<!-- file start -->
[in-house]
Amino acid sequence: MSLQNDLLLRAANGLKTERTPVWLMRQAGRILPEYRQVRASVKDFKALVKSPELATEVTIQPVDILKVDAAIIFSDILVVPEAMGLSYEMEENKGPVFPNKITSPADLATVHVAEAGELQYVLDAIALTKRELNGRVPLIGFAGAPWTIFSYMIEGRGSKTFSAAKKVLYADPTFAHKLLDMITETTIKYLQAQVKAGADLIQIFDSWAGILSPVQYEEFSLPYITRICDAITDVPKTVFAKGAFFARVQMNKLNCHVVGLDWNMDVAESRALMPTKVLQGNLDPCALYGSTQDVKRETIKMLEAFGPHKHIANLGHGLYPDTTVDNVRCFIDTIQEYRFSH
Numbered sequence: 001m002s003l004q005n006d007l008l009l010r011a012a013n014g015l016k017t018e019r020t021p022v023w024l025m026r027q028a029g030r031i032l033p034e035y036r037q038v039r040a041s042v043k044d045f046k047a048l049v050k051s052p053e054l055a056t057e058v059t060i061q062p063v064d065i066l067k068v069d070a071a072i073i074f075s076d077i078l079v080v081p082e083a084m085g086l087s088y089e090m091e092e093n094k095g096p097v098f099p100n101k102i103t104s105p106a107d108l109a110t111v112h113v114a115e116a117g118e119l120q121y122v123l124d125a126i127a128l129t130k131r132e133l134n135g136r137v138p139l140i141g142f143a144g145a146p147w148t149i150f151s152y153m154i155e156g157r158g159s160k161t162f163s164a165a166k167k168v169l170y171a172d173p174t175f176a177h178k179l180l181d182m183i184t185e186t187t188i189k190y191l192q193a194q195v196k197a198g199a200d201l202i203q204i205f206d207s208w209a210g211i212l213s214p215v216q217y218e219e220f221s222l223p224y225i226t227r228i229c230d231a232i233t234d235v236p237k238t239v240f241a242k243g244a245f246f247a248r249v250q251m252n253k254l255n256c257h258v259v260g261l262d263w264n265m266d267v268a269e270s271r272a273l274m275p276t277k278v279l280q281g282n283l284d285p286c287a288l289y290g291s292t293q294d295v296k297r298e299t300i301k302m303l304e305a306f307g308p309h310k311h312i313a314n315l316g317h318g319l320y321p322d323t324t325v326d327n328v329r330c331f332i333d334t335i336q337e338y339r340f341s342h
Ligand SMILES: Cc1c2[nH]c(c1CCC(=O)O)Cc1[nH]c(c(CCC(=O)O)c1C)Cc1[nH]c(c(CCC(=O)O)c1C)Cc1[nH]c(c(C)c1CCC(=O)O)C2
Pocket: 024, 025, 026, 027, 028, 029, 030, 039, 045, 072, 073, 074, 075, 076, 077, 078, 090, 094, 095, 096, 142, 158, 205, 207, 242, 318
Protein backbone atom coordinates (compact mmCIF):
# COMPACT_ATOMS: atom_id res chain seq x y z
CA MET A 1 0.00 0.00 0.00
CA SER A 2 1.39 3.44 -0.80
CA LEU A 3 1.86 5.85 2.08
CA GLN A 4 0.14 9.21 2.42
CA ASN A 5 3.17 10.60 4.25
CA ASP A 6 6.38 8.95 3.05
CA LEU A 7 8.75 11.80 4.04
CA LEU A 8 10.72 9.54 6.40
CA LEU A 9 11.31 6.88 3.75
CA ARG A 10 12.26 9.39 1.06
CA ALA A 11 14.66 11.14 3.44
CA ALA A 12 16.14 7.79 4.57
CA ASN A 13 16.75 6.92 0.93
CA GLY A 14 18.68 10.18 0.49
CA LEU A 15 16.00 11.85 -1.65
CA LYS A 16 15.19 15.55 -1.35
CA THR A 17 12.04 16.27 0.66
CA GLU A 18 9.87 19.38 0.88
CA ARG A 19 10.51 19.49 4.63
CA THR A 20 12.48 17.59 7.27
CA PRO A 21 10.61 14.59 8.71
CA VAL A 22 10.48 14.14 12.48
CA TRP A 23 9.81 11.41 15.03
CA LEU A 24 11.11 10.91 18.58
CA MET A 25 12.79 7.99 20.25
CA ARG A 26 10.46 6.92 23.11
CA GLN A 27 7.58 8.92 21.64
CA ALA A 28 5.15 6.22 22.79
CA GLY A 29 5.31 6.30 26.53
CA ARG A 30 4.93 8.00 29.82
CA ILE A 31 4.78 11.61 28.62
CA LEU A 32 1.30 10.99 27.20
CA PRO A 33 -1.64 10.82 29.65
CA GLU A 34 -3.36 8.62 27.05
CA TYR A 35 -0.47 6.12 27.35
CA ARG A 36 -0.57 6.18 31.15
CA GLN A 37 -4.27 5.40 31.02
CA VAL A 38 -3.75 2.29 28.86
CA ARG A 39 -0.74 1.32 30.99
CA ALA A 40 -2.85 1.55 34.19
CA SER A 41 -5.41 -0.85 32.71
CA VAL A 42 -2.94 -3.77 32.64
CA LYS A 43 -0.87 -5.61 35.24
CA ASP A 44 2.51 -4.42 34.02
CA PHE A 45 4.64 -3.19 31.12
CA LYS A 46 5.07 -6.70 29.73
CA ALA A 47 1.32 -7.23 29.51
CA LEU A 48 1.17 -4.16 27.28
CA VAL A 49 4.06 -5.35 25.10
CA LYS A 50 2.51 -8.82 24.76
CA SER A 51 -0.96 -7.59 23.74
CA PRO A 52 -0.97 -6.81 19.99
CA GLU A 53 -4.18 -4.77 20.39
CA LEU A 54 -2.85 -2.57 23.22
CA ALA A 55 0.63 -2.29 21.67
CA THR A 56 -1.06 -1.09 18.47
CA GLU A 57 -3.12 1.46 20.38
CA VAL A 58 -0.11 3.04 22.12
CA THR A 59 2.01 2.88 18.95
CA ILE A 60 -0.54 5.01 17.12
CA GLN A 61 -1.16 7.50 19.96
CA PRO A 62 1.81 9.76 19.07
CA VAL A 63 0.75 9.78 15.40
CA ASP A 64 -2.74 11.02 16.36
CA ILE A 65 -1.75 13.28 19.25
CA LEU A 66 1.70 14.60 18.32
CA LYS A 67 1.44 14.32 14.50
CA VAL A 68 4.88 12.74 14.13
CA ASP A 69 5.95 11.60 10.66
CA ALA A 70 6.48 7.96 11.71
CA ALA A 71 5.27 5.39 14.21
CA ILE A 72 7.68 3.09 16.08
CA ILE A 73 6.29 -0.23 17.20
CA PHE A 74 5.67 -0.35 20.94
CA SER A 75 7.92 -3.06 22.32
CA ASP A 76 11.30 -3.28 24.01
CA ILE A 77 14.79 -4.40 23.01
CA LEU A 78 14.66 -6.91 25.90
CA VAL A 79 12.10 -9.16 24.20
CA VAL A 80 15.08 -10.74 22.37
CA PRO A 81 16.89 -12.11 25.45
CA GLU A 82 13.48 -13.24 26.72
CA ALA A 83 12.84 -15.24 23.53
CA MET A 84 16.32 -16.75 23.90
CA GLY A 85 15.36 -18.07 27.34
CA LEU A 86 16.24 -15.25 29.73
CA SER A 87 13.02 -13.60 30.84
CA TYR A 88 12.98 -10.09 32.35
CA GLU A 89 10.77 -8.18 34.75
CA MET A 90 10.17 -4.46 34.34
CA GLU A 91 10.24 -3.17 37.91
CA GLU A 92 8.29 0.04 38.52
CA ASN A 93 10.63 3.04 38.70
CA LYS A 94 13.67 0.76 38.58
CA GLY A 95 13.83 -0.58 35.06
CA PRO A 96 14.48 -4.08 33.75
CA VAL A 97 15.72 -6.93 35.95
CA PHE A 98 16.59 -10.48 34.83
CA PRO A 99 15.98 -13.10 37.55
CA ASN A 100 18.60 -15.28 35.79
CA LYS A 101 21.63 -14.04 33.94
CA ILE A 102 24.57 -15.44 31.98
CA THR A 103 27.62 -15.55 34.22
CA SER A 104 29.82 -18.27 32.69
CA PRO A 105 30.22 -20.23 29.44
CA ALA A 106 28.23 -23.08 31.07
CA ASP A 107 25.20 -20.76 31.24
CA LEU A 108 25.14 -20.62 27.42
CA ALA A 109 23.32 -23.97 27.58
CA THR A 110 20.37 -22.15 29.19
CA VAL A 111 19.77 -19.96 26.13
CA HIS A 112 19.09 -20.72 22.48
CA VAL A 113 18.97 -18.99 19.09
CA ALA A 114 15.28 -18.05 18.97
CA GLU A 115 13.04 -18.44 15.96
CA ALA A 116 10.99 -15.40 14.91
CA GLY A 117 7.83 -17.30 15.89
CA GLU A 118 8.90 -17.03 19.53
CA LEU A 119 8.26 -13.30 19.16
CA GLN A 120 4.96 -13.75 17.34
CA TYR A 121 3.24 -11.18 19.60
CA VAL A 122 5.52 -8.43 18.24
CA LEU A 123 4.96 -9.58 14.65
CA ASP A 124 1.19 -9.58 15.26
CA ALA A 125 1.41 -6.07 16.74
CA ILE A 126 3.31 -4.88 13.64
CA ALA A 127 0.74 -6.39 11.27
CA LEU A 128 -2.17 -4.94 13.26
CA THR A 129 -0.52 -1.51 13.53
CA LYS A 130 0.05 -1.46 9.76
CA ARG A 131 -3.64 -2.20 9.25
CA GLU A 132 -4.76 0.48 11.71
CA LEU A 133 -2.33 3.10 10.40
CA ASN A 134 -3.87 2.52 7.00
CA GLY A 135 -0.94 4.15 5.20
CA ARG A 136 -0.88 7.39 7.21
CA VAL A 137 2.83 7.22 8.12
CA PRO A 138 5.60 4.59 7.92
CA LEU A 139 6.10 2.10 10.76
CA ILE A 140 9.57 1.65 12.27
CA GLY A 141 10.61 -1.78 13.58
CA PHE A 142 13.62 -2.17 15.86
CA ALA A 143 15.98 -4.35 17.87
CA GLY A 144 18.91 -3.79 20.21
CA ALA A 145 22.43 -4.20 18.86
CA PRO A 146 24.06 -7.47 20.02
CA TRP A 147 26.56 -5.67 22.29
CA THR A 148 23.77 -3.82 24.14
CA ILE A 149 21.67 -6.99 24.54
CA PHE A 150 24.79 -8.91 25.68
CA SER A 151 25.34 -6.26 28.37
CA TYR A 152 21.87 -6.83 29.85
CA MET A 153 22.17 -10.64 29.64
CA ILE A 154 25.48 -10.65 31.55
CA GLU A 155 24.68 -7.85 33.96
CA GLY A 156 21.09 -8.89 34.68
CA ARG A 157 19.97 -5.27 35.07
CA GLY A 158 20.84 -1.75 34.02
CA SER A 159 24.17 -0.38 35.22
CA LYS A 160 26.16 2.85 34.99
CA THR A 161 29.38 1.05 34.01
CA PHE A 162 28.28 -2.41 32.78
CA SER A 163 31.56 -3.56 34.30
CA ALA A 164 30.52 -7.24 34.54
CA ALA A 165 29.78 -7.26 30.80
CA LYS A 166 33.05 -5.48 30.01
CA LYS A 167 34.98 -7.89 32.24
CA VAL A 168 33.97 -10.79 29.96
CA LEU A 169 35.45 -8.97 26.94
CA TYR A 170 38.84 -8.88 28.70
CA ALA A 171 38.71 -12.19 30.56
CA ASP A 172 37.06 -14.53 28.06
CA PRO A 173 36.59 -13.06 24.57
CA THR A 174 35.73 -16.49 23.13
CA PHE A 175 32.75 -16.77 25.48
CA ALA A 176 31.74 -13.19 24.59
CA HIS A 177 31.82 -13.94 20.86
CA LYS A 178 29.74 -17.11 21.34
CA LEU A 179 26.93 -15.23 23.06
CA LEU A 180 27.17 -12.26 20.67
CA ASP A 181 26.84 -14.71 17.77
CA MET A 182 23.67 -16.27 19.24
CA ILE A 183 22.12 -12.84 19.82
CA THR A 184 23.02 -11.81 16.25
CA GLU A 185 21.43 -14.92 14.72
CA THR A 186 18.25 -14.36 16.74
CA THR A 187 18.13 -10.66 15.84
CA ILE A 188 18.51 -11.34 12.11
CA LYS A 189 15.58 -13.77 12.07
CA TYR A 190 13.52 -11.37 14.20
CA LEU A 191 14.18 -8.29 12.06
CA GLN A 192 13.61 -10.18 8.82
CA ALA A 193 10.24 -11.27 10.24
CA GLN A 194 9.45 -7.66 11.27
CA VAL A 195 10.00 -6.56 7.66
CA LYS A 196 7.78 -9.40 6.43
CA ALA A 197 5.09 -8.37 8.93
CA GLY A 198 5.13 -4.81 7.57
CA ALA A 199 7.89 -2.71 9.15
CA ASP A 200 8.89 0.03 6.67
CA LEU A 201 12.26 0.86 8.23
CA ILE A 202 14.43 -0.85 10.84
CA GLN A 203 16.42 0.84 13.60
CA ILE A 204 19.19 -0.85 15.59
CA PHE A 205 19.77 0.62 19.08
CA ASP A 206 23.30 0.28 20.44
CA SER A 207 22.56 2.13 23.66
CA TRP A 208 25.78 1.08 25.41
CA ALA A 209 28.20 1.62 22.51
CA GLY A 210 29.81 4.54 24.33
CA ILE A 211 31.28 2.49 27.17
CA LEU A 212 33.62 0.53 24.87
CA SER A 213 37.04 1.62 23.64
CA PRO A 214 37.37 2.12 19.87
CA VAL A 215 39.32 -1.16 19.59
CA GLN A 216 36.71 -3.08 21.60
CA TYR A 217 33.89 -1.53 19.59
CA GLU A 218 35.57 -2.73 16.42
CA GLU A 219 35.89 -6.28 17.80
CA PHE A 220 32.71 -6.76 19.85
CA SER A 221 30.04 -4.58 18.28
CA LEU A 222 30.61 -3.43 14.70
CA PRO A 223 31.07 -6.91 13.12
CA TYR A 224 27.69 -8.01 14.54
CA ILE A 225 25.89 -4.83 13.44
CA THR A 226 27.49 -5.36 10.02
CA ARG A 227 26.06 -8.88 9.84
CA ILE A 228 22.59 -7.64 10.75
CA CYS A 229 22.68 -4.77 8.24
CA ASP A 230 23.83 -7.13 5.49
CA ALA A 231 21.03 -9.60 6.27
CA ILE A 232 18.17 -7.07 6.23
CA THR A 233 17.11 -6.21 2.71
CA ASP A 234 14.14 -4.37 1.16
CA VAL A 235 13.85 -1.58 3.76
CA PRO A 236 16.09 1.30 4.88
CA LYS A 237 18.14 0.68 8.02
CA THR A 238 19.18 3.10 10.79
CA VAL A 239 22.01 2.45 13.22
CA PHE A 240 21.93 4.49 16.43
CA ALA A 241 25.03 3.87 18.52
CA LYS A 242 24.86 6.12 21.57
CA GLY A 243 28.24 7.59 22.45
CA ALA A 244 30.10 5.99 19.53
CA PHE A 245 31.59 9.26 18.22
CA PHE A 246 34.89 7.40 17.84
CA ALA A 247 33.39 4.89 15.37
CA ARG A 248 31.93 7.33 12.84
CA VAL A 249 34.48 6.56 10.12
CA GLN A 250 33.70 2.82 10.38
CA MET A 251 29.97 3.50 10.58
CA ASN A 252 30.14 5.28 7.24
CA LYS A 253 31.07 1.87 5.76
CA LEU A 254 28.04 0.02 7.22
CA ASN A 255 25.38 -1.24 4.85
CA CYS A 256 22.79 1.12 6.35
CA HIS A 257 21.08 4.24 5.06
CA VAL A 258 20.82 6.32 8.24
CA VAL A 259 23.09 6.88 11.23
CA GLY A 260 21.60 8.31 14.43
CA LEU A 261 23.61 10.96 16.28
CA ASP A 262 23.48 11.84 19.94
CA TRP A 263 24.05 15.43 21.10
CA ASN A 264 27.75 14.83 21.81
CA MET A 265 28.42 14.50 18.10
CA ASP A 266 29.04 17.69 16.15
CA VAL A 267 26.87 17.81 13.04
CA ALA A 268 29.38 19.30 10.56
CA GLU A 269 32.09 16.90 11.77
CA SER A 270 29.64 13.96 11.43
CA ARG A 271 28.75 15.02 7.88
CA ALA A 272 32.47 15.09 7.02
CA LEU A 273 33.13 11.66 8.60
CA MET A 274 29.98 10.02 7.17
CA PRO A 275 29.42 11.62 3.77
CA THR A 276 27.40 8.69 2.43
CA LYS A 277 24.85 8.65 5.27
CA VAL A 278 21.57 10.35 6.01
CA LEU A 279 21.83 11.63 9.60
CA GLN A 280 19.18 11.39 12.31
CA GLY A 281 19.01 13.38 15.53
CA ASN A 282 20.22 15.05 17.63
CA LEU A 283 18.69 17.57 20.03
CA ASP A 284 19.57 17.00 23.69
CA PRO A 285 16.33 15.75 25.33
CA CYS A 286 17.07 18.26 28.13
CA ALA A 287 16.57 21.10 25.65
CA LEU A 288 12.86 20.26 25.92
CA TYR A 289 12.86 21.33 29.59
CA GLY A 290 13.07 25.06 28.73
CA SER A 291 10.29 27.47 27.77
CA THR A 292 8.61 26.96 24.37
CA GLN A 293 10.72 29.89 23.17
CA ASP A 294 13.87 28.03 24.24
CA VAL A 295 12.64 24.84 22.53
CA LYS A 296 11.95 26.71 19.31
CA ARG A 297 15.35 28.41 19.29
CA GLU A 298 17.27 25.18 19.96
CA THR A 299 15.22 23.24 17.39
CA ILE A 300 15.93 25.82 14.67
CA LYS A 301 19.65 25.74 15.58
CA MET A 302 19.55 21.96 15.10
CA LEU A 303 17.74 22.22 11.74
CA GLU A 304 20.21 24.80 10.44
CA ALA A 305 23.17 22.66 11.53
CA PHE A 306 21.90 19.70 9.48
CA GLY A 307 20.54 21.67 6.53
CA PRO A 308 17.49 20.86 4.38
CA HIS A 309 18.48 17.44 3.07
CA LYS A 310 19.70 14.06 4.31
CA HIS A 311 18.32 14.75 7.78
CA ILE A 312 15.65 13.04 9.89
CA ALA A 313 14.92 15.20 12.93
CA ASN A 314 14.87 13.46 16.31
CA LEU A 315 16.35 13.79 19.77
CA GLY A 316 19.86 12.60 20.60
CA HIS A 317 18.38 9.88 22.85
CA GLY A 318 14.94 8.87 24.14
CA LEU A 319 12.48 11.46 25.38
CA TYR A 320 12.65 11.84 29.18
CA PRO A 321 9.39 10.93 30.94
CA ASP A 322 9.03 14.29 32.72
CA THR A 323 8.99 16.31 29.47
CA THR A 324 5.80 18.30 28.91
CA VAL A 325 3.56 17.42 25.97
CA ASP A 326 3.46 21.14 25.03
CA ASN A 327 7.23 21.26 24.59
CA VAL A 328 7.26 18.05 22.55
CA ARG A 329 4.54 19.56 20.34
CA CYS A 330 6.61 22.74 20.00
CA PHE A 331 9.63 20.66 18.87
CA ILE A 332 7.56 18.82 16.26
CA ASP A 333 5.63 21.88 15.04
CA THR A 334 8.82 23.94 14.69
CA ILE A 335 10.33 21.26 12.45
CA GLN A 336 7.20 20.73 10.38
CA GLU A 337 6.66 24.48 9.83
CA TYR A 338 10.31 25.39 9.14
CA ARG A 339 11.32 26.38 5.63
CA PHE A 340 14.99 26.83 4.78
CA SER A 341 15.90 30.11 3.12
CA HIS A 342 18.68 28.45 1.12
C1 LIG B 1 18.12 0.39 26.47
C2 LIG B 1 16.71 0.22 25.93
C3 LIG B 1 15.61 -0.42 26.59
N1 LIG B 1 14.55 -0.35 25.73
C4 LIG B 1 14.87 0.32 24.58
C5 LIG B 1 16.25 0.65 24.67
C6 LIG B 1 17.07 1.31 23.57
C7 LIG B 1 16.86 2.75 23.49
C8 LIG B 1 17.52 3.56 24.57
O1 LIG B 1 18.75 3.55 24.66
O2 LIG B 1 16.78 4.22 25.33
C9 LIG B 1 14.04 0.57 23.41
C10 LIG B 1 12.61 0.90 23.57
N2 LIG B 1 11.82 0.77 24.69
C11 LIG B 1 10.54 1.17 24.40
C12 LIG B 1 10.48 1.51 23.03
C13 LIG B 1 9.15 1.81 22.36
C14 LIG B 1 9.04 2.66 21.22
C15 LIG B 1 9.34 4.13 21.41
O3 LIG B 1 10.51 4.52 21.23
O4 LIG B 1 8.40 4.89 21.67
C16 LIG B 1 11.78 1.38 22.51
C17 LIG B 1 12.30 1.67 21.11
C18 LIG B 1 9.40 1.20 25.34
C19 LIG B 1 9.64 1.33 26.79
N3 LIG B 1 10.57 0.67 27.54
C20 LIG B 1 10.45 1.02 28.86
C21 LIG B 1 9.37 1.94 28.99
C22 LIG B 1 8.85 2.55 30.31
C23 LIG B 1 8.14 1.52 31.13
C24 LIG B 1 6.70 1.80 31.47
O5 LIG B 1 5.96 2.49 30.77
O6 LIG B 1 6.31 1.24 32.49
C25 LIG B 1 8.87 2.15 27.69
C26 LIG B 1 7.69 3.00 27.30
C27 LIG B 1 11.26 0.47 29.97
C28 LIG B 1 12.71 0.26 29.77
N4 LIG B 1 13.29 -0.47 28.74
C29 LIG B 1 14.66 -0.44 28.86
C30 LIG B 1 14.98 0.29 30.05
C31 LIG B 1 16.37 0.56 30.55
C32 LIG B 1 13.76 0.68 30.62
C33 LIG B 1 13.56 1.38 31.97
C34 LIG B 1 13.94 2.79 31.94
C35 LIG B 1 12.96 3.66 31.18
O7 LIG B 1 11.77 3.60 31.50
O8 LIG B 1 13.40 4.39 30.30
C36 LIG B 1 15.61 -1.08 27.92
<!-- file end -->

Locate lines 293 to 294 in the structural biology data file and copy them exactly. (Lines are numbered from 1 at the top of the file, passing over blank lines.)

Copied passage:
CA CYS A 286 17.07 18.26 28.13
CA ALA A 287 16.57 21.10 25.65